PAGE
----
- Find out how Category Design differentiates you from your competitors and have you as your market’s top of mind
- Learn how to clearly define the problem you solve and communicate it
- Discover marketing tactics and strategies that meet your business objectives
- Download your FREE PDF copy on How to Drive a Market: https://growthstage.marketing/category-design/
Do you feel like you are putting all the marketing strategies in place and yet you are not meeting your financial objectives?
Are you not having the revenue growth you thought you should be making?
Do you want to find an opportunity to engage your market differently and be top of mind?
Mark Donnigan designs and executes marketing programs and go-to-market strategies that build markets and establish disruptive innovation companies as a category king. Leveraging marketing and growth tactics that work, Mark produces real business results for early and growth-stage technology and disruptive innovation startup companies.
In this episode, Mark shares how Category Design lets you cut through the noise and become your market’s top of mind.
Check out these episode highlights:
- 02:02 – Mark’s ideal client: “My ideal clients are technical or product lead founders who are introducing technologies or deep tech-type solutions into the market. Anybody who’s solving problems where, either advanced technology has been developed to address the problems, or they’re bringing maybe some existing technologies into the market.”
- 02:51 – The problem Mark helps solve: “The problem I solve is the classic mindset of, ‘If I build it, they will come.’ ‘My solution is so good.’”
- 03:47 – Typical symptoms that Mark’s clients would be experiencing before working with them: “Most of the time they’ve launched, they have a product in market, they have customers, and they usually have to use the word you might say, product-market fit. The point is, depending on what your perspective is, you might think like 10 million, well, that’s a pretty good start, right? The problem is you get to $10 million; you look around and say now what, I’m not seeing a clear path to get to 50 and 100 and really capture the market potential.”
- 05:45 – Common mistakes they make before they find Mark’s solution: “The common mistakes are executing, frankly, a marketing playbook that was built for 10, 15, 20 years ago.”
- 07:25 – Mark’s Valuable Free Action (VFA): “Clearly define the problem that you solve. And then every opportunity you have to talk about your solution, don’t talk about your product, talk about the problem and the solution.”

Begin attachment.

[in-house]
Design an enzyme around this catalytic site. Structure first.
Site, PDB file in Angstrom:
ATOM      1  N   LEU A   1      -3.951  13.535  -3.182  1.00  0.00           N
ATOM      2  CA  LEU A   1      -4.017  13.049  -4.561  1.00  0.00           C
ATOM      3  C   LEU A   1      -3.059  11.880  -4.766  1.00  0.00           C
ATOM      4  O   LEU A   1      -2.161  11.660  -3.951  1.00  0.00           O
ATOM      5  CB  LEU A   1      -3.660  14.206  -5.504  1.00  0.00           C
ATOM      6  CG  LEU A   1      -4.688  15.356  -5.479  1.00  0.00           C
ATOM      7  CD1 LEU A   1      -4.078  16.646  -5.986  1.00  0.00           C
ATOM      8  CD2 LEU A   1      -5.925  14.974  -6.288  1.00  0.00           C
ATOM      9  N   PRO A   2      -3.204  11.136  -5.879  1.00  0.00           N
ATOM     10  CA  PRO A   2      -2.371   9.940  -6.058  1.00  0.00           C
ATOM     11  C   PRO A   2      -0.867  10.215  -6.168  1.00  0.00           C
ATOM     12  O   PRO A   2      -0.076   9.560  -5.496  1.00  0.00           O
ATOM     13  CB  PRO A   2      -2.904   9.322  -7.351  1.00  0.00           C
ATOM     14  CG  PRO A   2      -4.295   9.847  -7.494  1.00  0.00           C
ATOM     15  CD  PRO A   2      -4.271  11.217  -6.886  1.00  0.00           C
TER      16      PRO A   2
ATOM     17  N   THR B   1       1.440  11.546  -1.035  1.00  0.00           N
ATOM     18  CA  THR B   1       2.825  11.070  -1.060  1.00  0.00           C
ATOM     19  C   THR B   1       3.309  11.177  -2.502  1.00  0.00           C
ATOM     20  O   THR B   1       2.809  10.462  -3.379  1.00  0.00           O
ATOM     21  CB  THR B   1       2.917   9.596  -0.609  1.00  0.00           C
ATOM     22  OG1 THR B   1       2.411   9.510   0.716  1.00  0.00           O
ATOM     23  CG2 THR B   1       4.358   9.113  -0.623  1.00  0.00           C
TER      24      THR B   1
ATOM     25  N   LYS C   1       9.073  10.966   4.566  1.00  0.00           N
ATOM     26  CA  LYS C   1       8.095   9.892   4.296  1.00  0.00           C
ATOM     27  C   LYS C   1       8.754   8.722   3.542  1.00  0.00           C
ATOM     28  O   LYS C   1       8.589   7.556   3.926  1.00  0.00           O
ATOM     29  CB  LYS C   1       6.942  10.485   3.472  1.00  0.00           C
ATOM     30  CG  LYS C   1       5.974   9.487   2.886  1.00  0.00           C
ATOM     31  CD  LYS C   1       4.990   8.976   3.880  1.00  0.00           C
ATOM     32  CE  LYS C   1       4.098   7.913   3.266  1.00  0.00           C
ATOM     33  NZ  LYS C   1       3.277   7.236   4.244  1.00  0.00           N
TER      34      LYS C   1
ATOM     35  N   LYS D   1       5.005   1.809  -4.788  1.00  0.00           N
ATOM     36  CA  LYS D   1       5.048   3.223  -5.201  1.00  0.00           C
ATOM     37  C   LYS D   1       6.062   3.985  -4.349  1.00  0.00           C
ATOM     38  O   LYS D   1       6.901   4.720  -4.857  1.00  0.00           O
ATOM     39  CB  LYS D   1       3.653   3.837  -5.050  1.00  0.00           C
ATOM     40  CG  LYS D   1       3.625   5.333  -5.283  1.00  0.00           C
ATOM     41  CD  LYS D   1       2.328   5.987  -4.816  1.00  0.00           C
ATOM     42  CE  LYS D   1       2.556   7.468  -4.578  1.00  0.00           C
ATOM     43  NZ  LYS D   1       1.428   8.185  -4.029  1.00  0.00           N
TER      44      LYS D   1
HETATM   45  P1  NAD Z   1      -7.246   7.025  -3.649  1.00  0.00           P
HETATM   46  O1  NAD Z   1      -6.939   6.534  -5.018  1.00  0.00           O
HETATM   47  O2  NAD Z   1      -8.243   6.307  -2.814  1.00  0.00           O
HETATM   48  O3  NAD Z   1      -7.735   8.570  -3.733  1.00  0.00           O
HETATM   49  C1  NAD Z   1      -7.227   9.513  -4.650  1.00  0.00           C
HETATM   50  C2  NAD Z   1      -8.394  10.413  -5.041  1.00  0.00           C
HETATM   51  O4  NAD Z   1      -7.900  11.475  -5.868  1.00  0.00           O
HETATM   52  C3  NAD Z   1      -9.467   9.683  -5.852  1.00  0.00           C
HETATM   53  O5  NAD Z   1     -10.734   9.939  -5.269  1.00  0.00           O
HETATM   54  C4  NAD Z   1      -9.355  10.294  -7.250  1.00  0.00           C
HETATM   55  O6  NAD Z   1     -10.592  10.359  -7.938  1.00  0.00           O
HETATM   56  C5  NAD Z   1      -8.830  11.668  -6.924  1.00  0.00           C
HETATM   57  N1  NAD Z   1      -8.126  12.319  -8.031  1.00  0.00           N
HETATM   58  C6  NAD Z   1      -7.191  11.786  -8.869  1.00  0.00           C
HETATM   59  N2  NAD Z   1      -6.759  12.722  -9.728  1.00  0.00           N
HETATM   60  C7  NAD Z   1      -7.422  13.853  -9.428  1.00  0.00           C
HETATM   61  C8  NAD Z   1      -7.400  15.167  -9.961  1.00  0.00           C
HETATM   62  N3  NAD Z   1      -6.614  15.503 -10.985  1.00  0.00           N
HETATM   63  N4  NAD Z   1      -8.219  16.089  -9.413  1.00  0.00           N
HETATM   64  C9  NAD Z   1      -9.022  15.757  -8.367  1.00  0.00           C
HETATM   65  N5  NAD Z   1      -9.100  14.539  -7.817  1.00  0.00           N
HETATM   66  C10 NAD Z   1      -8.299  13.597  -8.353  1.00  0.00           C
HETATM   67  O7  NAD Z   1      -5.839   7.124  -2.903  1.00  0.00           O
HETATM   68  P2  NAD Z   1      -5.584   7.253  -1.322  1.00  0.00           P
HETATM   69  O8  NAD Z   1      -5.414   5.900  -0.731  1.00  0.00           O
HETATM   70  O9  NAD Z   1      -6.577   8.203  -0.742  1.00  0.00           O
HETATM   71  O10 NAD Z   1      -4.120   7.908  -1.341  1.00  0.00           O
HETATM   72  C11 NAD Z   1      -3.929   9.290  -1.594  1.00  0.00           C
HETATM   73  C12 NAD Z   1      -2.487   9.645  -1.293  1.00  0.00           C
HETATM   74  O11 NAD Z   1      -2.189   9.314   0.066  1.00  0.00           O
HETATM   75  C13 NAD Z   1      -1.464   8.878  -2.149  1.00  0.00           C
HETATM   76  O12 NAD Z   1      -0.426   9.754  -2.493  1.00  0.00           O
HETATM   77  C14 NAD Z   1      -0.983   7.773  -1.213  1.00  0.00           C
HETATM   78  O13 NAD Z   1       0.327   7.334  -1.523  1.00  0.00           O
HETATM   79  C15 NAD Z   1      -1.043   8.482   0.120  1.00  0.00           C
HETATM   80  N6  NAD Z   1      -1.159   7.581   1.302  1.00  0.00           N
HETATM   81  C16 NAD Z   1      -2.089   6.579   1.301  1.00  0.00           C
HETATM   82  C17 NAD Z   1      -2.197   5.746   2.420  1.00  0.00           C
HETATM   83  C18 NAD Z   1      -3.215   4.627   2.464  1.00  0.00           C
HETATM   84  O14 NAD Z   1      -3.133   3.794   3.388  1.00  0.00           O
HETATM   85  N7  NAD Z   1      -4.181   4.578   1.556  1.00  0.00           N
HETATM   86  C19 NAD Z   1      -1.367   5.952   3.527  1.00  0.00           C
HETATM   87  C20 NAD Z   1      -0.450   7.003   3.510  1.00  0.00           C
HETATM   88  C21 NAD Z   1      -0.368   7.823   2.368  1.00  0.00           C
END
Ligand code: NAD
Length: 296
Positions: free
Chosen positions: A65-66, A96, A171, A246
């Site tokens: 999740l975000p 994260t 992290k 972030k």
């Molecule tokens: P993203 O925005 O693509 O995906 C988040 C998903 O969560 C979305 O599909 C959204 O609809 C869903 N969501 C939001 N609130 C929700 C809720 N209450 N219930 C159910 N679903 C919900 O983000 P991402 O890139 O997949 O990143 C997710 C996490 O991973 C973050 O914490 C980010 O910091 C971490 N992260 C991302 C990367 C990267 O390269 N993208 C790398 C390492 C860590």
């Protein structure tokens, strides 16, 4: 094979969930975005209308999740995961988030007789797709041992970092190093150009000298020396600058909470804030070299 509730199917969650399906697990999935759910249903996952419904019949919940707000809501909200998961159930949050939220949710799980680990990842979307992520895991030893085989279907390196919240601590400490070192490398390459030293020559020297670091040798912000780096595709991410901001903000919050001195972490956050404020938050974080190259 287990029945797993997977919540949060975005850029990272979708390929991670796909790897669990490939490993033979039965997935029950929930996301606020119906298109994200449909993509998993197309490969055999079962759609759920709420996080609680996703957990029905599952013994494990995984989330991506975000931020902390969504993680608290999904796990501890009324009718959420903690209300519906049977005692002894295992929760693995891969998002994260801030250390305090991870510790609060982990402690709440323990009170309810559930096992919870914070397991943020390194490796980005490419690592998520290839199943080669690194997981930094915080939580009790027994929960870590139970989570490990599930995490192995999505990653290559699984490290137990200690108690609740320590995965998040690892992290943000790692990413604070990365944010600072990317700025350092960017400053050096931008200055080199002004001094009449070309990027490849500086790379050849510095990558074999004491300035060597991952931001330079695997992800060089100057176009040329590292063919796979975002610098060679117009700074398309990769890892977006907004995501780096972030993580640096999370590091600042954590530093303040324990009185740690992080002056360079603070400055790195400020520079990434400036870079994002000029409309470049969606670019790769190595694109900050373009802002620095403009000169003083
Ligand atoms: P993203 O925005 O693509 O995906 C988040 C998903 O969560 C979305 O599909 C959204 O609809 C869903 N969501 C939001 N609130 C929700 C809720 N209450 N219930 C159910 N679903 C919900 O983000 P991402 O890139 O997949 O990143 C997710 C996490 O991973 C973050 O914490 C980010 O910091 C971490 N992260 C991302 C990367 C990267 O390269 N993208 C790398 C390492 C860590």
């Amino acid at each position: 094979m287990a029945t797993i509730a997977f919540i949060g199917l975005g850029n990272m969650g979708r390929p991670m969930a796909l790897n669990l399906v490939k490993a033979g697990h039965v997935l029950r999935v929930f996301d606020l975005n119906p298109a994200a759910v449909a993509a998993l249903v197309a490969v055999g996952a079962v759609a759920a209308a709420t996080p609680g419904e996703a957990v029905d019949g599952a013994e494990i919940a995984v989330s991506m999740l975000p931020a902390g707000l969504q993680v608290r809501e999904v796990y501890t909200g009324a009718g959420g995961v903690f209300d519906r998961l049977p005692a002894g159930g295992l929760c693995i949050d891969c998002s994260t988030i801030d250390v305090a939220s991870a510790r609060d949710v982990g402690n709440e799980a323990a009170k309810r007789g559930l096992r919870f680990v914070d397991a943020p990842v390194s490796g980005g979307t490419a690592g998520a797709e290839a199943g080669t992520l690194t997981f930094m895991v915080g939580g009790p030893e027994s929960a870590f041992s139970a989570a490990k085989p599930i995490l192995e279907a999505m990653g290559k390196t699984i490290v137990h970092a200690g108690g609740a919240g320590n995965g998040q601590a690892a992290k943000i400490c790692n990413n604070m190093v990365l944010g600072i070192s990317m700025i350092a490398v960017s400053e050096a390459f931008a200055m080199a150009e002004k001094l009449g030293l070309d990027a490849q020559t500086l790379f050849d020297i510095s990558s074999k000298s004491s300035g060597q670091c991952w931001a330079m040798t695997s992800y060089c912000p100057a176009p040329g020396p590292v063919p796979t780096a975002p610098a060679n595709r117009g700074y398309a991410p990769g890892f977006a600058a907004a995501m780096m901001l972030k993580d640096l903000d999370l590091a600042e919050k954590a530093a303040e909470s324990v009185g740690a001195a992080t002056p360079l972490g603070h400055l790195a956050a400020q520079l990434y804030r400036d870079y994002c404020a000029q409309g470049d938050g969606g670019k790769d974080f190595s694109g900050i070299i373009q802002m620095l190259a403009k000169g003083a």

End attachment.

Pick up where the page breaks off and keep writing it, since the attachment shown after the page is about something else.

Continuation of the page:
- 07:52 – Mark’s Valuable Free Resource (VFR): Check out Mark’s Website: growthstage.marketing
- 08:10 – Q: Why in the world did I get into marketing? A: I’m a sales guy that started programming computers when I was 12, figured out that I wanted to be a rock star, went to music school, and so sales and marketing creativity. That’s why I’m here.
Tweetable Takeaways from this Episode:“Every opportunity you have to talk about your solution, don't talk about your product, talk about the problem you solve.” -Mark Donnigan Click To Tweet
(Note, this was transcribed using a transcription software and may not reflect the exact words used in the podcast)
Tom Poland 00:09
Greetings everyone, a warm welcome to another edition of Marketing the Invisible. My name is Tom Poland beaming out to as always from little on the white sand next the big blue ocean Little Castaways Beach in Queensland, Australia, joined today by Mark Donnigan. Mark, good day, Sir, very warm welcome! Where are you hanging out?
Mark Donnigan 0:25
Phoenix, Arizona in the desert. Phoenix, Arizona on the beach.
Tom Poland 0:29
Right? Where you take your sinuses, right?
Mark Donnigan 0:32
Tom Poland 0:32
It’s nice and dry, quite warm. But, nice and dry. And like you. Yes, yeah.
Mark Donnigan 0:37
It’s a dry heat, we say.
Tom Poland 0:39
Yeah, yeah, yeah, yeah, I sat on the tarmac at the airport there when it was about 120 degrees, it was dry, but it was kind of warm. And for some reason, the plane couldn’t take off for about 45 minutes. I sat there.
Mark Donnigan 0:50
Tom Poland 0:51
Without an aircon. Anyway, enough of my and that’s my travel adventures. And for those folks, if you don’t know Mark, he designs. This is really interesting. I saw this, the title of this. I find it fascinating, so, get this. Mark designs and executes marketing programs and go-to market strategies that build markets and establish disruptive innovation companies as a category King. Now, this is a whole Science in itself folks how to effectively eliminate in the minds of your marketplace, direct competitors. So, he leveraged his marketing and growth tactics that shock, actually work. Because a lot of marketing stuff doesn’t work. He produces real business results, measurable business results for alien growth, strange technology, and disruptive innovation startup companies. I can’t wait, to me, this is one of the most exciting subjects I could imagine. Our title, not to put too much pressure on you, Mark. But we’re pretty pumped for this. Our title is, How to Break Away from Your Competitors Using Category Design. So, let’s rock and roll, our seven minute starts now. Mark, who is your ideal client? That’s question number one.
Mark Donnigan 2:02
Yeah, my ideal client, our technical or product lead founders who are introducing technologies or, you know, deep, deep tech-type solutions into the market.
Tom Poland 2:15
Give us a couple of examples with you.
Mark Donnigan 2:17
Yeah, so you know, these would be anybody who’s solving problems where, you know, either advanced technology has been developed to address the problems, or they’re bringing maybe some existing technologies into the market. So, one space that I work in very extensively is video streaming. If you watch Netflix, for example, you have actually perhaps seen some companies products and solutions that I’ve actually helped to build.
Tom Poland 2:44
Fantastic, exciting. Thank you for that. Question two. We’ve got six minutes left, what’s the problem you solve for these people?
Mark Donnigan 2:51